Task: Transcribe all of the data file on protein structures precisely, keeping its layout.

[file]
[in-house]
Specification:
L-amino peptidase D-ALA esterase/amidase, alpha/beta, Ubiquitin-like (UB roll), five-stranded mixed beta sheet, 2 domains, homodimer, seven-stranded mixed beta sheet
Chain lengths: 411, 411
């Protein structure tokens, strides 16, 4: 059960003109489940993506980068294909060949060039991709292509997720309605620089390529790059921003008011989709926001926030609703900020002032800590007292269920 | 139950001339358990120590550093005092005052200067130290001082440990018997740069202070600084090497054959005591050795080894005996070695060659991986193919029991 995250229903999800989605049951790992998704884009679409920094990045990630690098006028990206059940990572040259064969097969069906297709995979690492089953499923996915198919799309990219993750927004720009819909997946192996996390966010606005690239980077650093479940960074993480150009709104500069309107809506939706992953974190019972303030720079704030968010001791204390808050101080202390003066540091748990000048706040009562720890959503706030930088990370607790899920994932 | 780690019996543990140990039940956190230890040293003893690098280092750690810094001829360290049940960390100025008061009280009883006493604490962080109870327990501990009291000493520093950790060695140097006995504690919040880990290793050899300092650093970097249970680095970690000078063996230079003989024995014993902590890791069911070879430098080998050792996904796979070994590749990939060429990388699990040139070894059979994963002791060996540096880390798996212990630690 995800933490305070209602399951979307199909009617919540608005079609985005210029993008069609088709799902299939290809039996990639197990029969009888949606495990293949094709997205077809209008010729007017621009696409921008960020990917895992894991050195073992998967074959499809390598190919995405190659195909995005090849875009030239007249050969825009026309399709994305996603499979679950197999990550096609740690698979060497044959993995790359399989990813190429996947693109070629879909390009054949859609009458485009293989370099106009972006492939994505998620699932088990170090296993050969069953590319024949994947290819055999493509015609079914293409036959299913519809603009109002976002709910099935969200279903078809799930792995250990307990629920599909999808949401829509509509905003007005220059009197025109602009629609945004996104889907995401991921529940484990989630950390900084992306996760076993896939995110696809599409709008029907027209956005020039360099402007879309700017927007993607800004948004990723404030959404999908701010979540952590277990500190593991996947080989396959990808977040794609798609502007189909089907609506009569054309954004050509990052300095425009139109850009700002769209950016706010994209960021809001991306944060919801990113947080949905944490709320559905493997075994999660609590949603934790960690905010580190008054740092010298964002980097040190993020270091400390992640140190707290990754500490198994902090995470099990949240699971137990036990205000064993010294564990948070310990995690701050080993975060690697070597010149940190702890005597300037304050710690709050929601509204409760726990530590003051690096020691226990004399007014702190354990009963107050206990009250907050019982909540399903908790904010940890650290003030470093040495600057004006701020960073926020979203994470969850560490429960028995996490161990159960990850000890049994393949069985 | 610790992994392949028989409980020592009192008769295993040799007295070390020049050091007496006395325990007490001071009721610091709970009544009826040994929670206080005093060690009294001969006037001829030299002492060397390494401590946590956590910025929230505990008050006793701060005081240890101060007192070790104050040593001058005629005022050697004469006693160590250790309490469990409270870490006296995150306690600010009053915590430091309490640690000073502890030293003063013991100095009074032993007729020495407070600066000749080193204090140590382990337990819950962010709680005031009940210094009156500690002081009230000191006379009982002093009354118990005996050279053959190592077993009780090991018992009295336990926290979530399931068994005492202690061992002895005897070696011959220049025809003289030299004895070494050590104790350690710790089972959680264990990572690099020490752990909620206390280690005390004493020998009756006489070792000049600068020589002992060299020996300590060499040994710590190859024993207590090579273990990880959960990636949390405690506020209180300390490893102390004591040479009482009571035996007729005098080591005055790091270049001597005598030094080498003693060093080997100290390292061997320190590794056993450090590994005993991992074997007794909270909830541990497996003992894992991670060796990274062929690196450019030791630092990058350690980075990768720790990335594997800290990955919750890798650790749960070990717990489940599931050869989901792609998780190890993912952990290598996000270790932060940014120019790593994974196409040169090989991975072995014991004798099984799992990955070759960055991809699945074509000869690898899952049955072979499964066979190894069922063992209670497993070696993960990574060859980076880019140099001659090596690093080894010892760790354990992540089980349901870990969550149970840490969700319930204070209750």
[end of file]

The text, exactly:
[in-house]
Specification:
L-amino peptidase D-ALA esterase/amidase, alpha/beta, Ubiquitin-like (UB roll), five-stranded mixed beta sheet, 2 domains, homodimer, seven-stranded mixed beta sheet
Chain lengths: 411, 411
């Protein structure tokens, strides 16, 4: 059960003109489940993506980068294909060949060039991709292509997720309605620089390529790059921003008011989709926001926030609703900020002032800590007292269920 | 139950001339358990120590550093005092005052200067130290001082440990018997740069202070600084090497054959005591050795080894005996070695060659991986193919029991 995250229903999800989605049951790992998704884009679409920094990045990630690098006028990206059940990572040259064969097969069906297709995979690492089953499923996915198919799309990219993750927004720009819909997946192996996390966010606005690239980077650093479940960074993480150009709104500069309107809506939706992953974190019972303030720079704030968010001791204390808050101080202390003066540091748990000048706040009562720890959503706030930088990370607790899920994932 | 780690019996543990140990039940956190230890040293003893690098280092750690810094001829360290049940960390100025008061009280009883006493604490962080109870327990501990009291000493520093950790060695140097006995504690919040880990290793050899300092650093970097249970680095970690000078063996230079003989024995014993902590890791069911070879430098080998050792996904796979070994590749990939060429990388699990040139070894059979994963002791060996540096880390798996212990630690 995800933490305070209602399951979307199909009617919540608005079609985005210029993008069609088709799902299939290809039996990639197990029969009888949606495990293949094709997205077809209008010729007017621009696409921008960020990917895992894991050195073992998967074959499809390598190919995405190659195909995005090849875009030239007249050969825009026309399709994305996603499979679950197999990550096609740690698979060497044959993995790359399989990813190429996947693109070629879909390009054949859609009458485009293989370099106009972006492939994505998620699932088990170090296993050969069953590319024949994947290819055999493509015609079914293409036959299913519809603009109002976002709910099935969200279903078809799930792995250990307990629920599909999808949401829509509509905003007005220059009197025109602009629609945004996104889907995401991921529940484990989630950390900084992306996760076993896939995110696809599409709008029907027209956005020039360099402007879309700017927007993607800004948004990723404030959404999908701010979540952590277990500190593991996947080989396959990808977040794609798609502007189909089907609506009569054309954004050509990052300095425009139109850009700002769209950016706010994209960021809001991306944060919801990113947080949905944490709320559905493997075994999660609590949603934790960690905010580190008054740092010298964002980097040190993020270091400390992640140190707290990754500490198994902090995470099990949240699971137990036990205000064993010294564990948070310990995690701050080993975060690697070597010149940190702890005597300037304050710690709050929601509204409760726990530590003051690096020691226990004399007014702190354990009963107050206990009250907050019982909540399903908790904010940890650290003030470093040495600057004006701020960073926020979203994470969850560490429960028995996490161990159960990850000890049994393949069985 | 610790992994392949028989409980020592009192008769295993040799007295070390020049050091007496006395325990007490001071009721610091709970009544009826040994929670206080005093060690009294001969006037001829030299002492060397390494401590946590956590910025929230505990008050006793701060005081240890101060007192070790104050040593001058005629005022050697004469006693160590250790309490469990409270870490006296995150306690600010009053915590430091309490640690000073502890030293003063013991100095009074032993007729020495407070600066000749080193204090140590382990337990819950962010709680005031009940210094009156500690002081009230000191006379009982002093009354118990005996050279053959190592077993009780090991018992009295336990926290979530399931068994005492202690061992002895005897070696011959220049025809003289030299004895070494050590104790350690710790089972959680264990990572690099020490752990909620206390280690005390004493020998009756006489070792000049600068020589002992060299020996300590060499040994710590190859024993207590090579273990990880959960990636949390405690506020209180300390490893102390004591040479009482009571035996007729005098080591005055790091270049001597005598030094080498003693060093080997100290390292061997320190590794056993450090590994005993991992074997007794909270909830541990497996003992894992991670060796990274062929690196450019030791630092990058350690980075990768720790990335594997800290990955919750890798650790749960070990717990489940599931050869989901792609998780190890993912952990290598996000270790932060940014120019790593994974196409040169090989991975072995014991004798099984799992990955070759960055991809699945074509000869690898899952049955072979499964066979190894069922063992209670497993070696993960990574060859980076880019140099001659090596690093080894010892760790354990992540089980349901870990969550149970840490969700319930204070209750």